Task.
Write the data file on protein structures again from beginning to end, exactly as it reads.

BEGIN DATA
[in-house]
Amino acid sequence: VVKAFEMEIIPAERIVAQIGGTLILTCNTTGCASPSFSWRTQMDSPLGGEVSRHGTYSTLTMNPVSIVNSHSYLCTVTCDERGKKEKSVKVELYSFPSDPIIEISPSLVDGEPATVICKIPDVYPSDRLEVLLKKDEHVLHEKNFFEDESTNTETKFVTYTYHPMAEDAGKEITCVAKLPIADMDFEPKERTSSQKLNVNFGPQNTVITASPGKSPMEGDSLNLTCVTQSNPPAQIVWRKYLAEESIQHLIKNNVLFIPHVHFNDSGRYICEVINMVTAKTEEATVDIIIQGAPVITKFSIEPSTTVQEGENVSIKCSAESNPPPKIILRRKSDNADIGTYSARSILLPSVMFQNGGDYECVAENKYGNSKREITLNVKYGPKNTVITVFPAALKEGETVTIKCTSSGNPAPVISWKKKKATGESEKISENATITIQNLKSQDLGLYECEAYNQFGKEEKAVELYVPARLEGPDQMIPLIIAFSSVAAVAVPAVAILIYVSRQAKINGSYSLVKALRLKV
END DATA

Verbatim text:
[in-house]
Amino acid sequence: VVKAFEMEIIPAERIVAQIGGTLILTCNTTGCASPSFSWRTQMDSPLGGEVSRHGTYSTLTMNPVSIVNSHSYLCTVTCDERGKKEKSVKVELYSFPSDPIIEISPSLVDGEPATVICKIPDVYPSDRLEVLLKKDEHVLHEKNFFEDESTNTETKFVTYTYHPMAEDAGKEITCVAKLPIADMDFEPKERTSSQKLNVNFGPQNTVITASPGKSPMEGDSLNLTCVTQSNPPAQIVWRKYLAEESIQHLIKNNVLFIPHVHFNDSGRYICEVINMVTAKTEEATVDIIIQGAPVITKFSIEPSTTVQEGENVSIKCSAESNPPPKIILRRKSDNADIGTYSARSILLPSVMFQNGGDYECVAENKYGNSKREITLNVKYGPKNTVITVFPAALKEGETVTIKCTSSGNPAPVISWKKKKATGESEKISENATITIQNLKSQDLGLYECEAYNQFGKEEKAVELYVPARLEGPDQMIPLIIAFSSVAAVAVPAVAILIYVSRQAKINGSYSLVKALRLKV